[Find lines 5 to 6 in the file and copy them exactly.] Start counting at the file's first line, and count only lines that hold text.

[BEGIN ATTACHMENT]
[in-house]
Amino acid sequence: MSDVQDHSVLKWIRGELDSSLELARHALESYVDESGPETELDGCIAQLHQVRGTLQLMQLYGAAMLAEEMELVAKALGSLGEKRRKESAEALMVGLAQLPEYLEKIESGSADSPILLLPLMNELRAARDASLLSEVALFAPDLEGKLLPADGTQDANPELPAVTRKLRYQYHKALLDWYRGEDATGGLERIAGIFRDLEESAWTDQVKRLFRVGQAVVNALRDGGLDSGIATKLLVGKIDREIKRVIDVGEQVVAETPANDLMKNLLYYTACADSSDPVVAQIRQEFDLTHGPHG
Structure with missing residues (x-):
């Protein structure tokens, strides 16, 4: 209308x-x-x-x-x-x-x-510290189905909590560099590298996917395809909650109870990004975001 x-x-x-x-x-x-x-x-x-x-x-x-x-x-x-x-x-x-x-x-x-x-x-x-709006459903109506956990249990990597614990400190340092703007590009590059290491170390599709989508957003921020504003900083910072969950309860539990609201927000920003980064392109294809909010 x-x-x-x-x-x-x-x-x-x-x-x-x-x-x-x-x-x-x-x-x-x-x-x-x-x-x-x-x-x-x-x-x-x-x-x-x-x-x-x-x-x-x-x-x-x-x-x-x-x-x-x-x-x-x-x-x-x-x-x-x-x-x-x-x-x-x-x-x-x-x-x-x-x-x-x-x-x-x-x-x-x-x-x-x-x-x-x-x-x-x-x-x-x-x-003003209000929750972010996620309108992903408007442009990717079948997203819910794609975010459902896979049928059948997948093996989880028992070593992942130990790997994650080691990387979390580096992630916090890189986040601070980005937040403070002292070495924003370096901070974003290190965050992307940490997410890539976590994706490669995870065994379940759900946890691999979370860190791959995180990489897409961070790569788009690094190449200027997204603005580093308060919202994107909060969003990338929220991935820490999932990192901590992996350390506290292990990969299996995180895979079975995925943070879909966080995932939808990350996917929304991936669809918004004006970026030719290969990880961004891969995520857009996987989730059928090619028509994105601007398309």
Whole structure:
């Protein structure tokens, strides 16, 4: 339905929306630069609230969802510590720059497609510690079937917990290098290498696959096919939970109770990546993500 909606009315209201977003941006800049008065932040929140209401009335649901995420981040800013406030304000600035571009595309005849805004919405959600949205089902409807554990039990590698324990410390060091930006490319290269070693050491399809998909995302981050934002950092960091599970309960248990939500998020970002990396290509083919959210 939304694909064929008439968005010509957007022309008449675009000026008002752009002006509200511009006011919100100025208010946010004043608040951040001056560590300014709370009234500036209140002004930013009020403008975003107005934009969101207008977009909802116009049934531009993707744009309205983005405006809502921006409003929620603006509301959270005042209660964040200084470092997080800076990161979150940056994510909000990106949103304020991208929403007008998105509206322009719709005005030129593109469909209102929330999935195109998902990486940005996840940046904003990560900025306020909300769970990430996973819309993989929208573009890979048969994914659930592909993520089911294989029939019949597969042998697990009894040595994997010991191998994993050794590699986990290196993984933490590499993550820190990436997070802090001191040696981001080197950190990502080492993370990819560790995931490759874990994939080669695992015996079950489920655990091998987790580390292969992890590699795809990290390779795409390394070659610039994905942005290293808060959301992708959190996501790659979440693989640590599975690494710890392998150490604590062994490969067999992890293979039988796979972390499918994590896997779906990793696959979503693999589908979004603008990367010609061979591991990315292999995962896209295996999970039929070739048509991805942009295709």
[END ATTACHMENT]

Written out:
Whole structure:
């Protein structure tokens, strides 16, 4: 339905929306630069609230969802510590720059497609510690079937917990290098290498696959096919939970109770990546993500 909606009315209201977003941006800049008065932040929140209401009335649901995420981040800013406030304000600035571009595309005849805004919405959600949205089902409807554990039990590698324990410390060091930006490319290269070693050491399809998909995302981050934002950092960091599970309960248990939500998020970002990396290509083919959210 939304694909064929008439968005010509957007022309008449675009000026008002752009002006509200511009006011919100100025208010946010004043608040951040001056560590300014709370009234500036209140002004930013009020403008975003107005934009969101207008977009909802116009049934531009993707744009309205983005405006809502921006409003929620603006509301959270005042209660964040200084470092997080800076990161979150940056994510909000990106949103304020991208929403007008998105509206322009719709005005030129593109469909209102929330999935195109998902990486940005996840940046904003990560900025306020909300769970990430996973819309993989929208573009890979048969994914659930592909993520089911294989029939019949597969042998697990009894040595994997010991191998994993050794590699986990290196993984933490590499993550820190990436997070802090001191040696981001080197950190990502080492993370990819560790995931490759874990994939080669695992015996079950489920655990091998987790580390292969992890590699795809990290390779795409390394070659610039994905942005290293808060959301992708959190996501790659979440693989640590599975690494710890392998150490604590062994490969067999992890293979039988796979972390499918994590896997779906990793696959979503693999589908979004603008990367010609061979591991990315292999995962896209295996999970039929070739048509991805942009295709």